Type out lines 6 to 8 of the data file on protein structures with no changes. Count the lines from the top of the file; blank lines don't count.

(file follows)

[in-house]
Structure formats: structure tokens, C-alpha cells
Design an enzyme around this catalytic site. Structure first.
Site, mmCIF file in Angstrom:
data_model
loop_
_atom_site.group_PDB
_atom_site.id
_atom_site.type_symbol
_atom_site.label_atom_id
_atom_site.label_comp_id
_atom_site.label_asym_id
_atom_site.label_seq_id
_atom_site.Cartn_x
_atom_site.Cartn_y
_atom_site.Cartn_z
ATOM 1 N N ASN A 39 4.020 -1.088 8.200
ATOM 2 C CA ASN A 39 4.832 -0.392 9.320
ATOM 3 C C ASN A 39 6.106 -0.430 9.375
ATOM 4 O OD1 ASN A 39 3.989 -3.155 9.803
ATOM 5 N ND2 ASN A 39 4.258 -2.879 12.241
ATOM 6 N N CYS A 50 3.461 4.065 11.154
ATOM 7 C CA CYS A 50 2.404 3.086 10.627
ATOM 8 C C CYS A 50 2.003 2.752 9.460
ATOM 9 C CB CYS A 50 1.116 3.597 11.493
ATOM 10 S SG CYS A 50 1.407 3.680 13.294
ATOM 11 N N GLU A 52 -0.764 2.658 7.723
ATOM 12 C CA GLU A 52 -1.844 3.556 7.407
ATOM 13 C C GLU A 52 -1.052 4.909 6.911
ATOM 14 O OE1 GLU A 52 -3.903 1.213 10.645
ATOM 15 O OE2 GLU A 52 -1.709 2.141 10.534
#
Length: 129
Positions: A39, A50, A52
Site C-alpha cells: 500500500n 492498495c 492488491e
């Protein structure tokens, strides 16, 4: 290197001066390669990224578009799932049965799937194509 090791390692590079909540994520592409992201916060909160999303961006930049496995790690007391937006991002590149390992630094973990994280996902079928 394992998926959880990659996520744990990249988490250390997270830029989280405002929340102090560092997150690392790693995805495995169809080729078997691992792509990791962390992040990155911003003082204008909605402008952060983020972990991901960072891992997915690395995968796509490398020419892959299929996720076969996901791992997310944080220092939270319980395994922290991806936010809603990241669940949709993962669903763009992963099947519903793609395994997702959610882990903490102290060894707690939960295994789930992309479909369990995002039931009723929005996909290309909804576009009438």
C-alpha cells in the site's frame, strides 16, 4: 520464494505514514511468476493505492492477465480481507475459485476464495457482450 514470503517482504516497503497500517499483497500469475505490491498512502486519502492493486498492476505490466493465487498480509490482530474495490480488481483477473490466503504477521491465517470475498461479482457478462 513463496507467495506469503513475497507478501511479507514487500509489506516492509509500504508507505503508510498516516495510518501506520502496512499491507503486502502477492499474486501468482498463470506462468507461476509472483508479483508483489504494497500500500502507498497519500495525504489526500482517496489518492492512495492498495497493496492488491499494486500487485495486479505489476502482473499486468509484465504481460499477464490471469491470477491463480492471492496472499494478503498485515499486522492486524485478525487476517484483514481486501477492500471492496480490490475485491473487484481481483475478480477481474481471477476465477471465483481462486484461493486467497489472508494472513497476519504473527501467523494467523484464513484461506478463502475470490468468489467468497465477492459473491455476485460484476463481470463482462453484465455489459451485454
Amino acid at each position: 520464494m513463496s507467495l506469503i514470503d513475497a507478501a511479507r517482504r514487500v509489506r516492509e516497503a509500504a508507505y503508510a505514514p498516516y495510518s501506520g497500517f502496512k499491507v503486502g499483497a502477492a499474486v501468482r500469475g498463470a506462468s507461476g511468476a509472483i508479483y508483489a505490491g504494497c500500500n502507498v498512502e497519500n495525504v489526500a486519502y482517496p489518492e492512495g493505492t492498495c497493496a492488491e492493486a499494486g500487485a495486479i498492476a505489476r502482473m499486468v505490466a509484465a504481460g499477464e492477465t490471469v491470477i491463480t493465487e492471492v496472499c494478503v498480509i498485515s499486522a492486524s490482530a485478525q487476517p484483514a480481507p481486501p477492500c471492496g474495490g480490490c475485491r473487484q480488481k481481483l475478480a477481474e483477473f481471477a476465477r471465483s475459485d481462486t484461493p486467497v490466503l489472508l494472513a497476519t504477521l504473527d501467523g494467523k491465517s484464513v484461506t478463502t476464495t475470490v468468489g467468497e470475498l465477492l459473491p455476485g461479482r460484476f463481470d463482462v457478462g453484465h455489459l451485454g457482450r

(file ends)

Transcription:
loop_
_atom_site.group_PDB
_atom_site.id